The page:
On this occasion I would like to encourage you to take time to learn more about the Rebbe and to reflect on his teachings. The Rebbe is every Jew’s treasure; one needn’t be a card-carrying Chabadnik to drink from the refreshing waters of his wellsprings. Whether it is through reading these new biographical works, or exploring the Rebbe’s teachings on, or attending more in-depth classes on the Rebbe’s enormous scholarly output, you are bound to find your Judaism enriched and enhanced.


Rabbi Yosef Landa

P.S. We stand together with our brethren in Israel at this time of profound grief, and extend our prayerful wishes that henceforth only good and joyous tidings emanate from our Holy Land.

Getting Comfortable with G-d

G-d is not the cause of our young people's disaffection from Judaism, and dumping Him is most certainly not the solution. I would argue that our young people are not opting out of Judaism because we're talking to them about G-d too much, but because we're not doing it nearly enough.

Too often, our best and brightest are so painfully uninformed of the most rudimentary teachings and beliefs of Judaism that, not surprisingly, it holds little meaning or relevance for them. The universal man-made morals and ethics which are often repackaged as ‘Jewish values' are apparently leaving them disinterested. Might they perhaps be hinting to us that they're hungry for the real deal - G-d and all?

Parenthetically, we should point out that one of the most intriguing Jewish ideas - and one which we would do well to highlight - is that unlike other religions, Judaism places the greatest import on our practical behavior over and above our religious beliefs. Judaism is, of course, fundamentally rooted in monotheism, which is its sine qua non. Our forefather Abraham, the first Jew, propagated the belief in one G-d. But it is noteworthy that Judaism does not expect that a Jew hold or profess a commitment to its Principles of Faith as a prerequisite to claiming one's Jewish identity or for one's mitzvot to be religiously valuable.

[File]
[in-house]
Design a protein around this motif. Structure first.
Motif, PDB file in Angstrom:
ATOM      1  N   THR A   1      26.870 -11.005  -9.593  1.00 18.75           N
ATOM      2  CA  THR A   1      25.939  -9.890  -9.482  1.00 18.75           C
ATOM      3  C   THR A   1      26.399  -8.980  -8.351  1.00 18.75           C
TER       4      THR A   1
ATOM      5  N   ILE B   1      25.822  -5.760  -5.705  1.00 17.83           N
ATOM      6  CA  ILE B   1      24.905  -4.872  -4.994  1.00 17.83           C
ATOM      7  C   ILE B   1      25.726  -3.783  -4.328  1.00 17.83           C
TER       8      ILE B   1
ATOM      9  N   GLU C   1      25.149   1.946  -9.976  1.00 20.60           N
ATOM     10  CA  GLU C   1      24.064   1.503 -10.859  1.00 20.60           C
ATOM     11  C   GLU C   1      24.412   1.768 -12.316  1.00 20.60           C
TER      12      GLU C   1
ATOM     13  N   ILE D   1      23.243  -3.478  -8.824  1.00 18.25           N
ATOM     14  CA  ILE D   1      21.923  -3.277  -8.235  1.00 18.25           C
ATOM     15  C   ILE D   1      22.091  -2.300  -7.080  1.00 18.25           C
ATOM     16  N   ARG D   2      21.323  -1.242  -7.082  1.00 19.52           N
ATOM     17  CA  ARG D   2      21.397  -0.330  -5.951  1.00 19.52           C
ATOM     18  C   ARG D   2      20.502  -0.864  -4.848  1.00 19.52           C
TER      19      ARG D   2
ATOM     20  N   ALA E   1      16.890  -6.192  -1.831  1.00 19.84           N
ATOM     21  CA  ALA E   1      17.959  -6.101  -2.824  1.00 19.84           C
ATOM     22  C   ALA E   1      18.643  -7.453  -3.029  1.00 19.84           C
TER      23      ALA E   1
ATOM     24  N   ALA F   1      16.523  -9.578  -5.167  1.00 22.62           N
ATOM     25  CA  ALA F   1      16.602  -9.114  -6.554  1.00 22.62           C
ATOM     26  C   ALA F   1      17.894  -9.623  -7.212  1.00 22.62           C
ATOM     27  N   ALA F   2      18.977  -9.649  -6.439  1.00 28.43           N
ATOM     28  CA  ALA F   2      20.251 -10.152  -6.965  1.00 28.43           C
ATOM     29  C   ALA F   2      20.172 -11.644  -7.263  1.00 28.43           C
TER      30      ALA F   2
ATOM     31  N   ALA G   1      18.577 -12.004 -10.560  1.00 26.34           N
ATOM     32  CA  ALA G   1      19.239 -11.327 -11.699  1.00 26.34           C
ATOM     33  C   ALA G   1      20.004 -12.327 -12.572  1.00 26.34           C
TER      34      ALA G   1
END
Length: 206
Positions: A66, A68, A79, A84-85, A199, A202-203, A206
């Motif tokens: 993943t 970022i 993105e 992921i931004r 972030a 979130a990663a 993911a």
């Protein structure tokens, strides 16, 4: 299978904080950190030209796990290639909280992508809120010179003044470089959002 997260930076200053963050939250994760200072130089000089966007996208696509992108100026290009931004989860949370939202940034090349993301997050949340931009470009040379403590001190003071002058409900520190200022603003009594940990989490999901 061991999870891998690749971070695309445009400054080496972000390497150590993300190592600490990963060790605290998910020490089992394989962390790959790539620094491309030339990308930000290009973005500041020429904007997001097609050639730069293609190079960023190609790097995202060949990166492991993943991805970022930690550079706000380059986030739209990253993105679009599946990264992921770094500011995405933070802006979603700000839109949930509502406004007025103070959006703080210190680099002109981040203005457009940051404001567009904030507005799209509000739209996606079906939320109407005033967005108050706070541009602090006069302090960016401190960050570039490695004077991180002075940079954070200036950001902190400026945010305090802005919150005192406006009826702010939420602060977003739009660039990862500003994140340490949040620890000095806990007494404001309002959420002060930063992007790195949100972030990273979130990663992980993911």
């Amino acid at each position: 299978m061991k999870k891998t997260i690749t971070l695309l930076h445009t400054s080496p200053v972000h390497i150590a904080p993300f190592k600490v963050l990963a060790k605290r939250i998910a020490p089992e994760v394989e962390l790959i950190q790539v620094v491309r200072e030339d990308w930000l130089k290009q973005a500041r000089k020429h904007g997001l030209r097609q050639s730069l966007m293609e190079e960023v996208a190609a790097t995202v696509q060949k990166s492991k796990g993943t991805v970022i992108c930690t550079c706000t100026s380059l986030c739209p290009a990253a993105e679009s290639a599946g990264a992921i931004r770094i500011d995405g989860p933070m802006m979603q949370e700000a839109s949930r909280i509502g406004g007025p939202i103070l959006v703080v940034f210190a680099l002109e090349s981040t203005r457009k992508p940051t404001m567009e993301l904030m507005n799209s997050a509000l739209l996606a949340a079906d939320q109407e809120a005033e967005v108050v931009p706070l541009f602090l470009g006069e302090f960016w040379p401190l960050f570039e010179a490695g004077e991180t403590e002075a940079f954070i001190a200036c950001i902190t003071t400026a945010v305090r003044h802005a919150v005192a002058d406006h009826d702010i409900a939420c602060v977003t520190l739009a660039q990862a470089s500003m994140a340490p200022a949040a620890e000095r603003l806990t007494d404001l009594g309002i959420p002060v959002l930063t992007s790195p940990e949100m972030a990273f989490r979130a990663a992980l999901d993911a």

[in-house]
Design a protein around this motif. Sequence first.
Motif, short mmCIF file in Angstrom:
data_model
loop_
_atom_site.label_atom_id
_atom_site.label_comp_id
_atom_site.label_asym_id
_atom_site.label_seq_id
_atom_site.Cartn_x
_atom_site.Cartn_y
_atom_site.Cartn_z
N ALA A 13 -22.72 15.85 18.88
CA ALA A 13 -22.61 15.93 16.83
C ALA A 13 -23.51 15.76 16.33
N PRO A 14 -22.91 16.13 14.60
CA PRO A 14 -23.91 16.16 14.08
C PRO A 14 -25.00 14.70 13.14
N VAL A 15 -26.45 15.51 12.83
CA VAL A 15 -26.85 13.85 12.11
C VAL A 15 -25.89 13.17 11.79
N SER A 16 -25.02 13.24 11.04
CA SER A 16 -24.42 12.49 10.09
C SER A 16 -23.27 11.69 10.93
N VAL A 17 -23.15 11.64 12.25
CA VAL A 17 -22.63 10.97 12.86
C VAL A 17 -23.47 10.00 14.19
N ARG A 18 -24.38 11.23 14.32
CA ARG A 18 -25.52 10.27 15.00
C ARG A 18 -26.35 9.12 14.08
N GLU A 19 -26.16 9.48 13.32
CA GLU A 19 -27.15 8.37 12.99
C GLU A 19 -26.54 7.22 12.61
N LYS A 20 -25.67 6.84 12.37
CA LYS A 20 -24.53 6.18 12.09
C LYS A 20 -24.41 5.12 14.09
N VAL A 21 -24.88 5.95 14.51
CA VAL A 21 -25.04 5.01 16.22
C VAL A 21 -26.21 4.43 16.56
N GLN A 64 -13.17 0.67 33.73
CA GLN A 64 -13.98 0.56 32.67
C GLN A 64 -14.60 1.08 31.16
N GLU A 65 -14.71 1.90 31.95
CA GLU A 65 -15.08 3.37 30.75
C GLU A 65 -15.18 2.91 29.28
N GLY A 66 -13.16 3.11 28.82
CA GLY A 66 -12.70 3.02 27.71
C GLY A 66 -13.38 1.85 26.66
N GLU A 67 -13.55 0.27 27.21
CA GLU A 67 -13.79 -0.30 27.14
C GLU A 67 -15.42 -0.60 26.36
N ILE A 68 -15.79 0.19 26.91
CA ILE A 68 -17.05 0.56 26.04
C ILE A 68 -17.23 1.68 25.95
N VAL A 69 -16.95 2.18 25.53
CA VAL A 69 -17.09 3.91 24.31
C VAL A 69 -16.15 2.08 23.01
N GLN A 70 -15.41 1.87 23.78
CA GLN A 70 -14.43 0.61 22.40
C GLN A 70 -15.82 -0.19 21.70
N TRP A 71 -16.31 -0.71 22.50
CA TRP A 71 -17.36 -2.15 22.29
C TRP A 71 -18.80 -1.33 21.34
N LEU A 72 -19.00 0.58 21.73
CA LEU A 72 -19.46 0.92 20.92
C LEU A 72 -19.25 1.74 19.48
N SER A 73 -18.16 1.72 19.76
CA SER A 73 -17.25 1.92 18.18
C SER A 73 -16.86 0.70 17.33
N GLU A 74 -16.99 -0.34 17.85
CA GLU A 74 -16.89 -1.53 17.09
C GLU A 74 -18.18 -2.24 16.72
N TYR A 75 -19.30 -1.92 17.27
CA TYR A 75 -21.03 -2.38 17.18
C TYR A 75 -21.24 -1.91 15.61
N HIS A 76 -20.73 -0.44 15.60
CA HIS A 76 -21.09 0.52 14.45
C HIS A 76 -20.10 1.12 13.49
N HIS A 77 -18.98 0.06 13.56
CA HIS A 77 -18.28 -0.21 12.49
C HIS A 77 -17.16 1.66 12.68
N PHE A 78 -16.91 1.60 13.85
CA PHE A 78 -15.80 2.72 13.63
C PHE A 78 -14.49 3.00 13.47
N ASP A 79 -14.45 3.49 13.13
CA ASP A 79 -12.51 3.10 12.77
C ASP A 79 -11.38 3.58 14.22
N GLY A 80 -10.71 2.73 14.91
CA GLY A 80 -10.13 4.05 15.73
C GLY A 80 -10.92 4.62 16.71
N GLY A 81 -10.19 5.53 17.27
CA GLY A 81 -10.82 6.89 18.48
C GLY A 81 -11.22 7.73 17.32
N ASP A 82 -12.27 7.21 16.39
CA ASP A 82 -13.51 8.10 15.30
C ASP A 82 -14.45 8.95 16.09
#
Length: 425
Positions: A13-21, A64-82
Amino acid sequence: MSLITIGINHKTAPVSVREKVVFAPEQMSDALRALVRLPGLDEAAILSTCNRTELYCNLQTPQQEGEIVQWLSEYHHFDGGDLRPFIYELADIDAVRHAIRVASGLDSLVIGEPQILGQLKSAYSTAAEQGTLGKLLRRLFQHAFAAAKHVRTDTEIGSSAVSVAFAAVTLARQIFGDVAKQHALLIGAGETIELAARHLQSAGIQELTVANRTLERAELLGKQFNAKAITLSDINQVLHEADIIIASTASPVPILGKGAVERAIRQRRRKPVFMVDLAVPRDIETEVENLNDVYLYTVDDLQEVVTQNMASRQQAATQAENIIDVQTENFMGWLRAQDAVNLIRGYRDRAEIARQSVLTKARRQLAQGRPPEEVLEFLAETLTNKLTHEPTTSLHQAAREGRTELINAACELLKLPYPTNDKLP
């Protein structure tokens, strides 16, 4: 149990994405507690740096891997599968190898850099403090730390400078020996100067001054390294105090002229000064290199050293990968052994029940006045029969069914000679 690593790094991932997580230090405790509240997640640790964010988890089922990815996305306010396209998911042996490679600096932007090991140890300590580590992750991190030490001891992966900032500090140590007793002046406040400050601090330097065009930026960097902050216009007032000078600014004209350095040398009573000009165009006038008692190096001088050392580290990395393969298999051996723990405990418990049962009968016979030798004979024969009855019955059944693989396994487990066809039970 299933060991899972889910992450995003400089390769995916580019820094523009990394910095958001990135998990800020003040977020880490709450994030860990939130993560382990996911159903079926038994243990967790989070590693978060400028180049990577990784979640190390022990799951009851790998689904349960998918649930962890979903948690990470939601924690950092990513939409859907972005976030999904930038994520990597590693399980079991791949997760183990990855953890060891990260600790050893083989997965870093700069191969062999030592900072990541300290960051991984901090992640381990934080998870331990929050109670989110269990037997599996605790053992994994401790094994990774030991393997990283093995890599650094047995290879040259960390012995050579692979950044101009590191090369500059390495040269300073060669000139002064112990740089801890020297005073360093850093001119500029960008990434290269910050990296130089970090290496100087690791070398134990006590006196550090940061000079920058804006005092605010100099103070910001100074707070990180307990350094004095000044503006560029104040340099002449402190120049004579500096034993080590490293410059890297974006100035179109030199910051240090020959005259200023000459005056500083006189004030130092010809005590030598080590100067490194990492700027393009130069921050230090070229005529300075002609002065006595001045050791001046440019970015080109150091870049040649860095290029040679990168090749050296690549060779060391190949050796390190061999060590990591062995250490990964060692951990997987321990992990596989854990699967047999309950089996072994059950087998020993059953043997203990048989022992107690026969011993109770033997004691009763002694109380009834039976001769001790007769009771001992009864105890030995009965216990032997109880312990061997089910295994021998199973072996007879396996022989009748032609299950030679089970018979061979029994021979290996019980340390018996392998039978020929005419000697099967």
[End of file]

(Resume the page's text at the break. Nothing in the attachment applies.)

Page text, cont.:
The appropriate response to G-d's reputed decline in popularity among young Jews is clearly not to reinvent Judaism as a G-dless religion (G-d forbid!), as has been astoundingly suggested by some, but quite to the contrary. The sensible imperative is to actively seek ways to reintroduce G-d into our Jewish discourse and into our communal consciousness. What we need to do as Jews, is to think and talk more about G-d, not less.

Faith in an omniscient G-d - "the eye that sees and the ear that hears" - is a crucial underpinning of a wholesome, moral upbringing. It needs to be instilled and nurtured from an early age. As parents we need to be proactive about this. We would never consider being neutral about such values as honesty, integrity, respect for others, etc. - expecting our children to somehow discover them on their own one bright sunny day. We invest a lot of sweat and tears (and money!) to impress these foundational values upon our offspring, and then we hope and pray that their appreciation for them will grow as they mature into independent thinking adults. Belief in G-d should be no different.

To be sure, they will have their struggles with issues of faith, just as they will undoubtedly deal with moral and ethical challenges during life. What else is new? Hopefully -- and with our encouragement -- they will come to understand that faith and doubt are not mutually exclusive, but that they can coexist simultaneously. To offer a rather simple example: We have faith that the airplane will transport us safely to our destination, but are we without doubt? Belief in G-d, like any conviction, is often a matter of degree. Our religious belief may have their ups and downs, not unlike our emotions, our mental acuity or physical ability. So having doubt about G-d does not make us into non-believers. We can believe even as we have questions.